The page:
By Paul Burton
Members of Service Employees International Union-United Service Workers West (SEIU-USWW) rallied at San Francisco International Airport (SFO) October 2 to demand living wages for airline workers. SEIU-USWW represents over 4,000 workers in California, including security officers, sky caps, baggage handlers, cabin cleaners, janitors, and ramp and ground crews for subcontractors ABM, Prospect, Prime Flight and Menses who provide services for United Airlines and American Airlines.
SEIU Airport Division Director Kevin Christensen said the rally was one of several held in California, and around the world, on a Global Day of Action for Airline Workers. “We are standing strong with workers across the globe who are standing together so they don’t have to work two jobs,” he said.
Many of the workers earn as little as $12 an hour and work two jobs to make ends meet in the San Francisco Bay Area. Some are covered by SFO’s Quality Standards Program that guarantees workers a minimum wage 50 cents above San Francisco’s minimum hourly wage of $14 set by the City’s Minimum Compensation Ordinance (MCO). The SF Board of Supervisors approved a $3 an hour increase in the MCO wage the day of the rally, a year after it was proposed.
“We finally got $17 an hour,” said SF Supervisor Jane Kim. “We are setting a standard for workers throughout the US.” Kim said winning the wage increase, “would not have happened without labor unions advocating and organizing so workers can live securely.”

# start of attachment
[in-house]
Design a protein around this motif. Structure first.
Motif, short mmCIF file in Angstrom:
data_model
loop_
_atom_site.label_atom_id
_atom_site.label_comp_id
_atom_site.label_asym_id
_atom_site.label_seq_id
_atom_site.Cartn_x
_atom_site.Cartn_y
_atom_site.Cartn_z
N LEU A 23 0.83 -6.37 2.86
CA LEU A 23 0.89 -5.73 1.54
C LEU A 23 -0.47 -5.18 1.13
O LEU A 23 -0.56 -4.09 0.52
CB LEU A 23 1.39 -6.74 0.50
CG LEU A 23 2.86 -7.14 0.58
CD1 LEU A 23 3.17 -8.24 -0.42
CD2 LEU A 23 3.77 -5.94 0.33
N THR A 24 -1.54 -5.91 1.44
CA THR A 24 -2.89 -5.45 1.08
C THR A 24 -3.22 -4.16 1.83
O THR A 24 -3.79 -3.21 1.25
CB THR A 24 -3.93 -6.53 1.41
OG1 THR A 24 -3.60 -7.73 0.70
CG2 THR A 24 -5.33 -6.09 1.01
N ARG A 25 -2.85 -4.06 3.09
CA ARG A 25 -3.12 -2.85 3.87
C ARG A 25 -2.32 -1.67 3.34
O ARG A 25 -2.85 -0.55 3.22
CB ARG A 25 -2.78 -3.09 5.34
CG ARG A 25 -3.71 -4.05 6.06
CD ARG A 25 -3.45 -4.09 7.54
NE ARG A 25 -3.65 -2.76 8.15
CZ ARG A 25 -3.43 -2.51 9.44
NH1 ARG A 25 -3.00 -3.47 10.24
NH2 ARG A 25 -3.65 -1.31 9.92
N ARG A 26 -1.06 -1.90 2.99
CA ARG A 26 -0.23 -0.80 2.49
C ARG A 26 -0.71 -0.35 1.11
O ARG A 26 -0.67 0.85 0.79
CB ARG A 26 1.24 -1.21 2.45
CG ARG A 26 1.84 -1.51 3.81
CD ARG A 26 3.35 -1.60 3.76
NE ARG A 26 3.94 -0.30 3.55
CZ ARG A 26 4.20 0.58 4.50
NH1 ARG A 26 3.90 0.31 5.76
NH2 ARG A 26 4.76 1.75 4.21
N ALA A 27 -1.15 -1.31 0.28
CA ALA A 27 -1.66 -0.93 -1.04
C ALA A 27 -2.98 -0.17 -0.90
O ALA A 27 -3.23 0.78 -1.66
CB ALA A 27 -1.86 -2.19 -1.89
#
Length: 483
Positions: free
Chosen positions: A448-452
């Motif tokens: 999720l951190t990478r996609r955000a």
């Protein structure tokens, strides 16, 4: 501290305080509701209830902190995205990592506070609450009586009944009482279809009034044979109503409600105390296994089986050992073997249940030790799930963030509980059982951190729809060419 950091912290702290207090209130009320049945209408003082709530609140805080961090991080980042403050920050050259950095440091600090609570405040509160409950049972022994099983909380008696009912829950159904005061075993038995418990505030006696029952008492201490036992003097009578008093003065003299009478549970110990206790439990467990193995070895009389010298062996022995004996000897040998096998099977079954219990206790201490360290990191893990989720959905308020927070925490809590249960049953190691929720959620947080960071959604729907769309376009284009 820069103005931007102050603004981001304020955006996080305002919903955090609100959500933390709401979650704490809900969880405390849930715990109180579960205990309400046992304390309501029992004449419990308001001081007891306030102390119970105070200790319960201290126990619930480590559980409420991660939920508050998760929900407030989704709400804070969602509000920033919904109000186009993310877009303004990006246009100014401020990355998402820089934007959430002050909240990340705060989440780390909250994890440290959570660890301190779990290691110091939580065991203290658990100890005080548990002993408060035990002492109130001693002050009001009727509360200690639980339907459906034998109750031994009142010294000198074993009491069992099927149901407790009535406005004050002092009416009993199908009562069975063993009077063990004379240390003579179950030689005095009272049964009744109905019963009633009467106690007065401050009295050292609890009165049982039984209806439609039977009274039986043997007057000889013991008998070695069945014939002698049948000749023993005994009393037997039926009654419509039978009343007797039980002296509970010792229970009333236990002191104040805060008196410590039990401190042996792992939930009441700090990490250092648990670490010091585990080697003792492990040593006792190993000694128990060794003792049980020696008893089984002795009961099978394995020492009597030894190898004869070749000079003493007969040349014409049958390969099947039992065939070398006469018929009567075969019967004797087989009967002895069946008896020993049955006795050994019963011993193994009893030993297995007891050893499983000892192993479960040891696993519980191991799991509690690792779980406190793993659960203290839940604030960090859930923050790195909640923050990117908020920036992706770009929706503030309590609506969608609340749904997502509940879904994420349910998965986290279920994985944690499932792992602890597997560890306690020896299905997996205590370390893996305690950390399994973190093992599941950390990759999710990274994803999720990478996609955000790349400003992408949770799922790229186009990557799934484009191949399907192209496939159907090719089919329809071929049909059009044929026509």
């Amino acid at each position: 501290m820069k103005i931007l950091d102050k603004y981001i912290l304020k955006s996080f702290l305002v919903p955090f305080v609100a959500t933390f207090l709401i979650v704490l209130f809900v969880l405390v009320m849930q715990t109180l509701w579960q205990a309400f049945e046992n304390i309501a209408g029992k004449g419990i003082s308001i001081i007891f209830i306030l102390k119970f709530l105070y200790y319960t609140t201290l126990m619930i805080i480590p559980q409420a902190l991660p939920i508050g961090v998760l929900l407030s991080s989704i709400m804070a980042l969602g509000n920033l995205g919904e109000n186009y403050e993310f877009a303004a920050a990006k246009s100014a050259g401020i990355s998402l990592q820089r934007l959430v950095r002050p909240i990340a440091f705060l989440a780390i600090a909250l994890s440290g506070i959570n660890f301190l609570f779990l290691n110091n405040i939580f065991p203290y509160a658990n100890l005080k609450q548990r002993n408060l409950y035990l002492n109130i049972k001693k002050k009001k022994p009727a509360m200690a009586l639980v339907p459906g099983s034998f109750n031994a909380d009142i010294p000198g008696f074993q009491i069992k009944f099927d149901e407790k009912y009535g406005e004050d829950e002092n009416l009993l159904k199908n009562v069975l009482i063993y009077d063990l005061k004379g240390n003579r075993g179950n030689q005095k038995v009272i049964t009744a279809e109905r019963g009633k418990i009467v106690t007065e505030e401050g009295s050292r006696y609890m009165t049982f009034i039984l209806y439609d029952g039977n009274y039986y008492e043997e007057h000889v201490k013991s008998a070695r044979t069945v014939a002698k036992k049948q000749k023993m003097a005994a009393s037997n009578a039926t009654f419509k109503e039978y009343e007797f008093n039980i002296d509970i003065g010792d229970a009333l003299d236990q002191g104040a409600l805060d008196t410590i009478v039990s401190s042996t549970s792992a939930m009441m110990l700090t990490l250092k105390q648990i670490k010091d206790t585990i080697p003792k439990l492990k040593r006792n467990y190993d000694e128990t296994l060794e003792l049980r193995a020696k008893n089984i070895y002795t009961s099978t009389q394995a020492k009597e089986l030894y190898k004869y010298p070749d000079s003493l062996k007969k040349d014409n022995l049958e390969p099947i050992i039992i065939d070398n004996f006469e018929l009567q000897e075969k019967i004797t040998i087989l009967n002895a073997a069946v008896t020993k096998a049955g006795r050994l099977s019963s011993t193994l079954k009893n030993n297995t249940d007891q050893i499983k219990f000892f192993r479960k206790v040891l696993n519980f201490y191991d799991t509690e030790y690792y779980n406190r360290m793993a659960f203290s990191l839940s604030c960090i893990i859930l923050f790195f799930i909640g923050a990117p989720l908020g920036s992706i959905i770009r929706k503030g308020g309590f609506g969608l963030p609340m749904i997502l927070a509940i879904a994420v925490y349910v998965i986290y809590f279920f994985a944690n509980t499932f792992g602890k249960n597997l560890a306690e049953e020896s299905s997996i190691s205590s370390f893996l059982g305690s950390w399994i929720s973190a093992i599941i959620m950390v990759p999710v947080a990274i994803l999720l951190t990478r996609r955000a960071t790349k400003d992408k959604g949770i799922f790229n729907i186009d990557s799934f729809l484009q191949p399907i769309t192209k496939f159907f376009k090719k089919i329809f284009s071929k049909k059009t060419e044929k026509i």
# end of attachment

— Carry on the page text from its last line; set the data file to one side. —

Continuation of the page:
“Many years ago, contracted workers at SFO organized to raise wages,” said SEIU-USWW Vice President Sanjay Garla. “Today is a milestone to celebrate the MCO increase. Three dollars an hour is important, but $17 and hour is not enough to live in the San Francisco Bay Area.” Garla said the next step for the union is to negotiate good contracts with the multi-national corporations who contract with the airlines to win health care for workers’ families, safer working conditions, and respect on the job
SEIU leaders and airline workers pointed out the minimum wage is not a living wage in the SF Bay Area, where housing costs have skyrocketed over the last few years. James Spencer, a fueler for Menses, said he had to take a second job and isn’t able to spend time with his family. He noted that airlines are making record profits, and that, “they should spread it around to everyone” who works to make the airlines profitable. United Airlines made $2 billion in profits last year as the airline industry as a whole made $38.4 billion.
Jayson Beslig, a cabin cleaner for ABM, said he and his wife both work two jobs. “We provide a huge service to the airlines and help make them profitable,” he said. “Enough with full time jobs that don’t pay living wages. No more not being able to spend time with our kids.” Beslig said the world’s airport workers globally “are united to win union rights in every country.”
Several Teamsters who work as mechanics for United Airlines rallied with the SEIU members.